Price stability and the Fed

Price Stability Law of 2022, a bill submitted to the House Financial Services Committee would turn the Federal Reserve’s dual mandate into a single mandate. Instead of maximum employment and stable prices, the Fed will seek only stable prices. Is this a welcome change? By not approving or condemning a bill, we can examine its costs and benefits.

The bill does not specify what is meant by “stable prices”. For now, we can interpret it as an inflation target. Whether the actual number is 2 percent or 0 percent, there is not much difference. As long as price spikes are small and predictable, many different targets can work.

While the Fed currently has an “average” inflation target of 2 percent, it has chosen itself and therefore cannot commit itself. The Fed is essentially a judge in its own right. “We did our own investigation and decided we did nothing wrong,” they might say. The imposition of an inflation target by Congress on the Fed could have serious consequences.

A binding outcome target is better than the unverifiable pseudo-target that the Fed currently has. According to the Fed’s own interpretation, the target is asymmetric: they are happy with inflation above 2% but not below 2%. The markets are rightly questioning the Fed’s credibilitywhich affects its ability to conduct monetary policy.

Creating a predictable growth path for the value of the dollar has certain economic benefits. Most economists think of “forward-looking leadership” (central banks communicate their intentions for future policy) in terms of interest rates. It is not right. Interest rates are the prices of capital, and therefore of time. Central banks should not mess with them. On the other hand, price level forecasting is very useful. It creates a solid foundation for economic activity by giving commerce the yardstick. No one could prepare effectively for a race if the definition of the meter was constantly changing. A similar truth is true for economic activity. The unpredictability of the price level can lead to short-term underproduction or overproduction and long-term underinvestment. In contrast, a robust push for growth in the purchasing power of the dollar creates a solid foundation for markets to provide full employment today and could have a beneficial effect on growth tomorrow.

But the inflation target has some disadvantages. Imagine we are facing a massive performance hit that makes turning input into output more difficult than expected. This is an example of what economists call a negative supply shock. Economy-wide prices will rise, which means that the purchasing power of the dollar will fall.

Supply problems create inflation. An inflation-focused Fed will be forced to cut overall spending (aggregate demand) in order to bring inflation down again. But this means that real output and employment, already hit by the supply shock, will take a second hit. The central bank will hit its inflation target by worsening the economic downturn.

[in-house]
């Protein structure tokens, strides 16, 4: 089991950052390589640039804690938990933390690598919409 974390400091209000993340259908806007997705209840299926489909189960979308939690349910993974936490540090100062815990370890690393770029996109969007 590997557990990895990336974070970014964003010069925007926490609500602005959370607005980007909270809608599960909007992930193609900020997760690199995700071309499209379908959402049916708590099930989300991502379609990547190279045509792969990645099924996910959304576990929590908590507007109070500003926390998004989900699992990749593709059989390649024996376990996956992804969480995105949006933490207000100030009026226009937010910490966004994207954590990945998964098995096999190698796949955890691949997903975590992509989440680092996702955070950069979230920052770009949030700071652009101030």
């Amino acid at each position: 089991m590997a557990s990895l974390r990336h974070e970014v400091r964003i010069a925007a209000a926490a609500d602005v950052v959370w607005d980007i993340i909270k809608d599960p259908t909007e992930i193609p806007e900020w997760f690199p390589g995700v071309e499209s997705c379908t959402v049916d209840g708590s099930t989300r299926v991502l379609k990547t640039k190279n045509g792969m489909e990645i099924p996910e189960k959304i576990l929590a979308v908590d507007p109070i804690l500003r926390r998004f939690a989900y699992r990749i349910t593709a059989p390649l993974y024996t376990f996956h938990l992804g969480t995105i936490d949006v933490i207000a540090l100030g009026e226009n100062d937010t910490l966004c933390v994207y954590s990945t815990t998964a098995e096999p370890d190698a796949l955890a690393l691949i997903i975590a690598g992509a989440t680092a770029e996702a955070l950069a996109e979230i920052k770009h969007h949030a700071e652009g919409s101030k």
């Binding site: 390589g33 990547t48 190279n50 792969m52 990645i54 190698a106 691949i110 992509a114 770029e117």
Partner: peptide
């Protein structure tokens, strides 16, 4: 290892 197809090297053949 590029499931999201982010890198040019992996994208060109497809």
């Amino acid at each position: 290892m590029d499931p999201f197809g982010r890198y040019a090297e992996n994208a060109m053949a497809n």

A Fed mandate focused on rising nominal spending rather than inflation could have avoided this problem. Aggregate demand means nominal GDP: output valued at current market prices. In the event of a supply shock, the spending-driven Fed would not need to cut aggregate demand to bring down inflation. On the contrary, it would allow inflation to offset some of the damage from slowing productivity. Output and employment will continue to fall. Difficulties on the supply side make this inevitable. But the Fed won’t compound the damage. In fact, the spending target looks pretty close to a first-best policy. An increase in the scarcity of goods relative to money means that the price of money must fall. Inflation in this case shows an excess of money compared to goods. It does not have any independent negative welfare implications.

The spending growth target also tends to ensure long-term price stability. Supply shocks are usually temporary. When performance issues are resolved and output returns to trend, so do prices. Therefore, the goal of spending growth can also be justified by the demand for price stability alone.

The inflation target is not as good as the spending target. But this does not mean that the goal of inflation is undesirable. We rarely choose the best policy. Perhaps second best is all we can hope for, given the limitations of the political system. Given the choice between an inflation target and nothing, there are good reasons to prefer an inflation target. We need to get the Fed to comply results based rules. Monetary policy discretion works poorly and is also difficult to reconcile with the rule of law.

Politics is a compromise. Half a loaf is better than none at all. Price stability is half the rules of monetary policy. It is foolish to starve just because haute cuisine is not available.

Alexander William Salter

Alexander W. Salter

Alexander William Salter is the Georgie Snyder Associate Professor of Economics at the Rawls College of Business and Comparative Economics Fellow at the Free Market Institute at Texas Tech University. He is a co-author Money and the Rule of Law: Generality and Predictability in Monetary Institutionspublished by Cambridge University Press. In addition to his many scientific articles, he has published about 300 articles in leading national publications such as Wall Street Journal, National Review, Opinion Fox Newsas well as Hill.

Salter received his M.A. and Ph.D. in economics from George Mason University and a bachelor’s degree in economics from Western College. He was a member of the AIER Summer Scholarship Program in 2011.

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